Frank Herbert, science fiction novelist―from Dune (1965):
Think you of the fact that a deaf person cannot hear. Then, what deafness may we not all possess? What senses do we lack that we cannot see and cannot hear another world all around us?
Bertrand Russell, English philosopher and logician:
Collective fear stimulates herd instinct, and tends to produce ferocity toward those who are not regarded as members of the herd.
hens they all cackle, the roosters all beg,
But I will not hatch, I will not hatch.
For I hear all the talk of pollution and war
As the people all shout and the airplane roar,
So I'm staying in here where it's safe and it's warm,
And I WILL NOT HATCH!
George W. Bush:
In my sentences I go where no man has gone before.
James Baldwin, American novelist and civil rights activist:
It is a great shock at the age of five or six to find that in a world of Gary Coopers you are the Indian.
William James, pioneering American psychologist:
A great many people think they are thinking when they are merely rearranging their prejudices.
Richard Feynman, physicist
You can know the name of a bird in all the languages of the world, but when you're finished, you'll know absolutely nothing whatever about the bird... So let's look at the bird and see what it's doing -- that's what counts. I learned very early the difference between knowing the name of something and knowing something.
John Berger, British art critic and author:
Capitalism survives by forcing the majority, whom it exploits, to define their own interests as narrowly as possible. This was once achieved by extensive deprivation. Today in the developed countries it is being achieved by imposing a false standard of what is and what is not desirable.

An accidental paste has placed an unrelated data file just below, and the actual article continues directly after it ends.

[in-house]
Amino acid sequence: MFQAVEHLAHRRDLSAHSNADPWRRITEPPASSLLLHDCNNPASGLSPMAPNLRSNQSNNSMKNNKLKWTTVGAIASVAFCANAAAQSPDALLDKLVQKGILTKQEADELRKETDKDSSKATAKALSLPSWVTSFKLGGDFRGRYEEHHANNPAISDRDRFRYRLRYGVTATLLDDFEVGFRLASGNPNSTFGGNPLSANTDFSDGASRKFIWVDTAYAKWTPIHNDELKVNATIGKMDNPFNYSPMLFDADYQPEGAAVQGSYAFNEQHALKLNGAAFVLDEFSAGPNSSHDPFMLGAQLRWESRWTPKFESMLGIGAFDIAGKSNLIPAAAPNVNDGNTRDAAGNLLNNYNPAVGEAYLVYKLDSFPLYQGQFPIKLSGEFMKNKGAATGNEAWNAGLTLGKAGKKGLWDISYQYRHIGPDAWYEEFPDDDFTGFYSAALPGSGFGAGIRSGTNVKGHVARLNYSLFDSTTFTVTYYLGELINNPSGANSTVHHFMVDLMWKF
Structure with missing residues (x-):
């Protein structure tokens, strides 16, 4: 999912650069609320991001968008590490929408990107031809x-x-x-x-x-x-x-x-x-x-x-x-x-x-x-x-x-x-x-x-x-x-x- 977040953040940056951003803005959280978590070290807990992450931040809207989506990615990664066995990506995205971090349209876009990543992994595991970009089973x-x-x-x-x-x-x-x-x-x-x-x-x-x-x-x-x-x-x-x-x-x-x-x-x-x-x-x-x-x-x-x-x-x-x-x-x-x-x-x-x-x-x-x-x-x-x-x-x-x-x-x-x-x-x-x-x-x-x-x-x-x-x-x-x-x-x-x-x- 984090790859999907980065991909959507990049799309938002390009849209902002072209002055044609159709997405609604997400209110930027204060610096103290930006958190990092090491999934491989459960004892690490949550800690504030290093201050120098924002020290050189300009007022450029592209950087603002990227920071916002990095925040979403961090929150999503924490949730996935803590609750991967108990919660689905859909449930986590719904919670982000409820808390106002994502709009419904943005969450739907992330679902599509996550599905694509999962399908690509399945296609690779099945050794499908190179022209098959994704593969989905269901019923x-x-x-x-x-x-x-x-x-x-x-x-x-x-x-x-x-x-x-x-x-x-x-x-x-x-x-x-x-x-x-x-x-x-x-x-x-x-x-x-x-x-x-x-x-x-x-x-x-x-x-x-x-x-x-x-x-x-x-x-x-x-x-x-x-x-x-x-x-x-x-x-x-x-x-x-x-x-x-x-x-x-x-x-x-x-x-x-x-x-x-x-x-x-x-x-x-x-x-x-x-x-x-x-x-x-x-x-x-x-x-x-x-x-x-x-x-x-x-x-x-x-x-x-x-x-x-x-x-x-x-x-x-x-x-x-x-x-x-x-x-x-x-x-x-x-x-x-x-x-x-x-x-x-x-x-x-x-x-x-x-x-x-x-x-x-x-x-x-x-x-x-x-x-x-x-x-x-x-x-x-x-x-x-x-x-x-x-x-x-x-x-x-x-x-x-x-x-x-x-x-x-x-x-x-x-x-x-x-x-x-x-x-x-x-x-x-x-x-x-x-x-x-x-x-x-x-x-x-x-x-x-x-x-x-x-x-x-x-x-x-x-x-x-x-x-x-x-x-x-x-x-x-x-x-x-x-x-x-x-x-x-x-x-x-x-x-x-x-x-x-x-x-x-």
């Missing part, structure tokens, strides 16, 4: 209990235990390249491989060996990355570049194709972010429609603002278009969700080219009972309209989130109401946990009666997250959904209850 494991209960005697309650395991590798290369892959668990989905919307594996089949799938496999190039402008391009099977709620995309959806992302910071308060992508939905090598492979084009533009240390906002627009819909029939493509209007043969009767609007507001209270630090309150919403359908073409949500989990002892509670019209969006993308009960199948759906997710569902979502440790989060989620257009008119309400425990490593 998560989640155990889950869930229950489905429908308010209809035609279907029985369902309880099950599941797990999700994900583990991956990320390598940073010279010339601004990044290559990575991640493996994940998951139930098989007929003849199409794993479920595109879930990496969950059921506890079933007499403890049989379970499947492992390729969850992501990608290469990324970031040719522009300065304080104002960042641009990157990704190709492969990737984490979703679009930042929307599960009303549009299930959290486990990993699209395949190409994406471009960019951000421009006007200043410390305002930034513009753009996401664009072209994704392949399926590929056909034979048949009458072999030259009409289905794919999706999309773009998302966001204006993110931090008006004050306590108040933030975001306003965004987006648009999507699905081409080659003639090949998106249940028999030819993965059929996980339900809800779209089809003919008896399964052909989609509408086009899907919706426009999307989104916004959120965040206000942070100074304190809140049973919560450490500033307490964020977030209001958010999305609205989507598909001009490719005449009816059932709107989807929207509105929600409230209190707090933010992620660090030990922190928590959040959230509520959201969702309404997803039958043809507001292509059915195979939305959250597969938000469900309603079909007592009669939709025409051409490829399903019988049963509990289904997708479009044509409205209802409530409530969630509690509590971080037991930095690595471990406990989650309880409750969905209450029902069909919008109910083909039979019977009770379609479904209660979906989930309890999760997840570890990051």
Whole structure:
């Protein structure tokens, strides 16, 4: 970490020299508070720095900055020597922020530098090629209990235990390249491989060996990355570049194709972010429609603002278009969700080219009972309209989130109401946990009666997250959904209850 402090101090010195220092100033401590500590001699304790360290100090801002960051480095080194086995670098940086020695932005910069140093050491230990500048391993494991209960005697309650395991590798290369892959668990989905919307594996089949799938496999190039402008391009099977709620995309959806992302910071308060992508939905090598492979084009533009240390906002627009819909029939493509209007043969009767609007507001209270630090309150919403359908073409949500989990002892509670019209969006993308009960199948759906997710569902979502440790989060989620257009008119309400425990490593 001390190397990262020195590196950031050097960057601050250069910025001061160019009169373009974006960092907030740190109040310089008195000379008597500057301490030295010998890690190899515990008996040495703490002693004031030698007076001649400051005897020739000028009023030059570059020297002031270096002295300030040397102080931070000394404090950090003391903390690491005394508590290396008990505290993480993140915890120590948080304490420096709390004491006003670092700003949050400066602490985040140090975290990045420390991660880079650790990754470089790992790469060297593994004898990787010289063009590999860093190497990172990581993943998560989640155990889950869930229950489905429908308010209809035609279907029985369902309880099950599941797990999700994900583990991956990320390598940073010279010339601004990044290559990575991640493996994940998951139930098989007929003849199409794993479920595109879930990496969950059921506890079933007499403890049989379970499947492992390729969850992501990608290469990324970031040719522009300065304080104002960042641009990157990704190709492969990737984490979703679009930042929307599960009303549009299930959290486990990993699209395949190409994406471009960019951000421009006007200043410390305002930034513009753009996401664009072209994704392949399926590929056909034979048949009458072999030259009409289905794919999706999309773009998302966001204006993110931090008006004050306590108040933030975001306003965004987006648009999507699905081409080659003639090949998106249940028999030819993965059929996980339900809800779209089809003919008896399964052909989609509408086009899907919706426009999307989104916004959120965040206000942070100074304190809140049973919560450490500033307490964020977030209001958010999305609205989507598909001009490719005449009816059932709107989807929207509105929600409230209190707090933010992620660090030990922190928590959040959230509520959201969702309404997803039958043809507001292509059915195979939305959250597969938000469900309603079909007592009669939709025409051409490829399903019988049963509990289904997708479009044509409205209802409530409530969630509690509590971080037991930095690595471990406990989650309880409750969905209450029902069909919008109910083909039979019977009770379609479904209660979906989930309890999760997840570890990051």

Mary Pipher, clinical psychologist
Adolescence is a border between childhood and adulthood. Like all borders, it's teeming with energy and fraught with danger.
Sultan bin Salman Al-Saud, astronaut:
The first day or so we all pointed to our countries. The third or fourth day we were pointing to our continents. By the fifth day, we were aware of only one Earth.
John Donne, 17th century metaphysical poet:
No man is an island entire of itself... Any man's death diminishes me because I am involved in mankind; and therefore never send to know for whom the bell tolls; it tolls for thee.
Problems cannot be solved at the same level of consciousness that created them.
Benjamin Franklin (1706-1790):
God grant, that not only the Love of Liberty, but a thorough Knowledge of the Rights of Man, may pervade all the Nations of the Earth, so that a Philosopher may set his foot anywhere on its Surface, and say, "This is my Country."
Hermann Hagedorn, American author:
The bomb that fell on Hiroshima fell on America, too.
John F. Kennedy:
World peace, like community peace, does not require that each man love his neighbor -- it requires only that they live together with mutual tolerance, submitting their disputes to a just and peaceful settlement.
Helen Keller, blind and deaf educator (1880-1968):
No pessimist ever discovered the secret of the stars or sailed an uncharted land, or opened a new doorway for the human spirit.